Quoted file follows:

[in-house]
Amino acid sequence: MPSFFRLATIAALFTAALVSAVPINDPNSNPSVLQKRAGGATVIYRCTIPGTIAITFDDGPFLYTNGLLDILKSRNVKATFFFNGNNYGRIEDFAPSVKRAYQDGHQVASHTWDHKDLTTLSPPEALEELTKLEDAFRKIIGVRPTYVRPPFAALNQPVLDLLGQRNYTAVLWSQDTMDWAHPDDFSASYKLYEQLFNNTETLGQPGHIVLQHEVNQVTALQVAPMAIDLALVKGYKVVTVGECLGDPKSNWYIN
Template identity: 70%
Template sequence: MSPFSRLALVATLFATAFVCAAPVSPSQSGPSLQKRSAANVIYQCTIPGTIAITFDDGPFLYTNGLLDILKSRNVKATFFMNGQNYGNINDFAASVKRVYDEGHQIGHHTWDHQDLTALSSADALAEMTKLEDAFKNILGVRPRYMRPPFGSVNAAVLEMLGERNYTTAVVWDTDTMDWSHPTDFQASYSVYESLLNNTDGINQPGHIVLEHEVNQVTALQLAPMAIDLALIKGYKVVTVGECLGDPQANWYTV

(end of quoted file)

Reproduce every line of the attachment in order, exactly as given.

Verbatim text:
[in-house]
Amino acid sequence: MPSFFRLATIAALFTAALVSAVPINDPNSNPSVLQKRAGGATVIYRCTIPGTIAITFDDGPFLYTNGLLDILKSRNVKATFFFNGNNYGRIEDFAPSVKRAYQDGHQVASHTWDHKDLTTLSPPEALEELTKLEDAFRKIIGVRPTYVRPPFAALNQPVLDLLGQRNYTAVLWSQDTMDWAHPDDFSASYKLYEQLFNNTETLGQPGHIVLQHEVNQVTALQVAPMAIDLALVKGYKVVTVGECLGDPKSNWYIN
Template identity: 70%
Template sequence: MSPFSRLALVATLFATAFVCAAPVSPSQSGPSLQKRSAANVIYQCTIPGTIAITFDDGPFLYTNGLLDILKSRNVKATFFMNGQNYGNINDFAASVKRVYDEGHQIGHHTWDHQDLTALSSADALAEMTKLEDAFKNILGVRPRYMRPPFGSVNAAVLEMLGERNYTTAVVWDTDTMDWSHPTDFQASYSVYESLLNNTDGINQPGHIVLEHEVNQVTALQLAPMAIDLALIKGYKVVTVGECLGDPQANWYTV